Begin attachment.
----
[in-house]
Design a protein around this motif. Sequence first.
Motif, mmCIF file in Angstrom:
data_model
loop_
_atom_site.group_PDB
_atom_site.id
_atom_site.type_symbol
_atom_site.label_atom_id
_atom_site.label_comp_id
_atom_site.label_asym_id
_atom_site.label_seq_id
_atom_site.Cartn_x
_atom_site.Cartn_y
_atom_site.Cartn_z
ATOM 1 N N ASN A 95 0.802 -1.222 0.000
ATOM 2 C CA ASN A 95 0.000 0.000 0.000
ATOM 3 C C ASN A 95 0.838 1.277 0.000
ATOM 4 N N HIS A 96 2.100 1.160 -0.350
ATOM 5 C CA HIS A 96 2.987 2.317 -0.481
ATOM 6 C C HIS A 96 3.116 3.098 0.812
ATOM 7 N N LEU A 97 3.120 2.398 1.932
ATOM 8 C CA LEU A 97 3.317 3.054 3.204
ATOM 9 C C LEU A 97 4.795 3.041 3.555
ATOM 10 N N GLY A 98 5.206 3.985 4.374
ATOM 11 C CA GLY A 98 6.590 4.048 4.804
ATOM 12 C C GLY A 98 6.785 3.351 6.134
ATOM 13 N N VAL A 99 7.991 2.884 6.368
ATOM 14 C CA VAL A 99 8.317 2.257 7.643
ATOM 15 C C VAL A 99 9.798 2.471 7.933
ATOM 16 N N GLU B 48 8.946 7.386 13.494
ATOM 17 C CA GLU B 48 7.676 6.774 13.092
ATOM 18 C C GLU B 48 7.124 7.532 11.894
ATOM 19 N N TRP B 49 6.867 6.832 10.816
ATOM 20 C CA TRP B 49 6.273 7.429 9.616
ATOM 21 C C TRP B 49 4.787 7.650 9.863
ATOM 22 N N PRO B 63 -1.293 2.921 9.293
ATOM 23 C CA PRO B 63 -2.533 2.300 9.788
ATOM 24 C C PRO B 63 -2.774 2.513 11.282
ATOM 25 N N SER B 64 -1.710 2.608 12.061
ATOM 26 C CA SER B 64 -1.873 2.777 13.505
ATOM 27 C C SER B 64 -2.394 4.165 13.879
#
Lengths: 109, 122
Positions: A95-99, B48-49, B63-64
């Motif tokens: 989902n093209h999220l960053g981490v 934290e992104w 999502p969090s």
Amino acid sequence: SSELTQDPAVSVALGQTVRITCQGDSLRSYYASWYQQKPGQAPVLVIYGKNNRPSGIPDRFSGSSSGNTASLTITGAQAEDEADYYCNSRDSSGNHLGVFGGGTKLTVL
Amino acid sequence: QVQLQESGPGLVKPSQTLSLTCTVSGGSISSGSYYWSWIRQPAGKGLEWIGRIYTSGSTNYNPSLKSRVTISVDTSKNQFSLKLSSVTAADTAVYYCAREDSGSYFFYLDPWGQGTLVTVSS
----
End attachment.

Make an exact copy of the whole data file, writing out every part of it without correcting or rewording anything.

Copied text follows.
[in-house]
Design a protein around this motif. Sequence first.
Motif, mmCIF file in Angstrom:
data_model
loop_
_atom_site.group_PDB
_atom_site.id
_atom_site.type_symbol
_atom_site.label_atom_id
_atom_site.label_comp_id
_atom_site.label_asym_id
_atom_site.label_seq_id
_atom_site.Cartn_x
_atom_site.Cartn_y
_atom_site.Cartn_z
ATOM 1 N N ASN A 95 0.802 -1.222 0.000
ATOM 2 C CA ASN A 95 0.000 0.000 0.000
ATOM 3 C C ASN A 95 0.838 1.277 0.000
ATOM 4 N N HIS A 96 2.100 1.160 -0.350
ATOM 5 C CA HIS A 96 2.987 2.317 -0.481
ATOM 6 C C HIS A 96 3.116 3.098 0.812
ATOM 7 N N LEU A 97 3.120 2.398 1.932
ATOM 8 C CA LEU A 97 3.317 3.054 3.204
ATOM 9 C C LEU A 97 4.795 3.041 3.555
ATOM 10 N N GLY A 98 5.206 3.985 4.374
ATOM 11 C CA GLY A 98 6.590 4.048 4.804
ATOM 12 C C GLY A 98 6.785 3.351 6.134
ATOM 13 N N VAL A 99 7.991 2.884 6.368
ATOM 14 C CA VAL A 99 8.317 2.257 7.643
ATOM 15 C C VAL A 99 9.798 2.471 7.933
ATOM 16 N N GLU B 48 8.946 7.386 13.494
ATOM 17 C CA GLU B 48 7.676 6.774 13.092
ATOM 18 C C GLU B 48 7.124 7.532 11.894
ATOM 19 N N TRP B 49 6.867 6.832 10.816
ATOM 20 C CA TRP B 49 6.273 7.429 9.616
ATOM 21 C C TRP B 49 4.787 7.650 9.863
ATOM 22 N N PRO B 63 -1.293 2.921 9.293
ATOM 23 C CA PRO B 63 -2.533 2.300 9.788
ATOM 24 C C PRO B 63 -2.774 2.513 11.282
ATOM 25 N N SER B 64 -1.710 2.608 12.061
ATOM 26 C CA SER B 64 -1.873 2.777 13.505
ATOM 27 C C SER B 64 -2.394 4.165 13.879
#
Lengths: 109, 122
Positions: A95-99, B48-49, B63-64
């Motif tokens: 989902n093209h999220l960053g981490v 934290e992104w 999502p969090s």
Amino acid sequence: SSELTQDPAVSVALGQTVRITCQGDSLRSYYASWYQQKPGQAPVLVIYGKNNRPSGIPDRFSGSSSGNTASLTITGAQAEDEADYYCNSRDSSGNHLGVFGGGTKLTVL
Amino acid sequence: QVQLQESGPGLVKPSQTLSLTCTVSGGSISSGSYYWSWIRQPAGKGLEWIGRIYTSGSTNYNPSLKSRVTISVDTSKNQFSLKLSSVTAADTAVYYCAREDSGSYFFYLDPWGQGTLVTVSS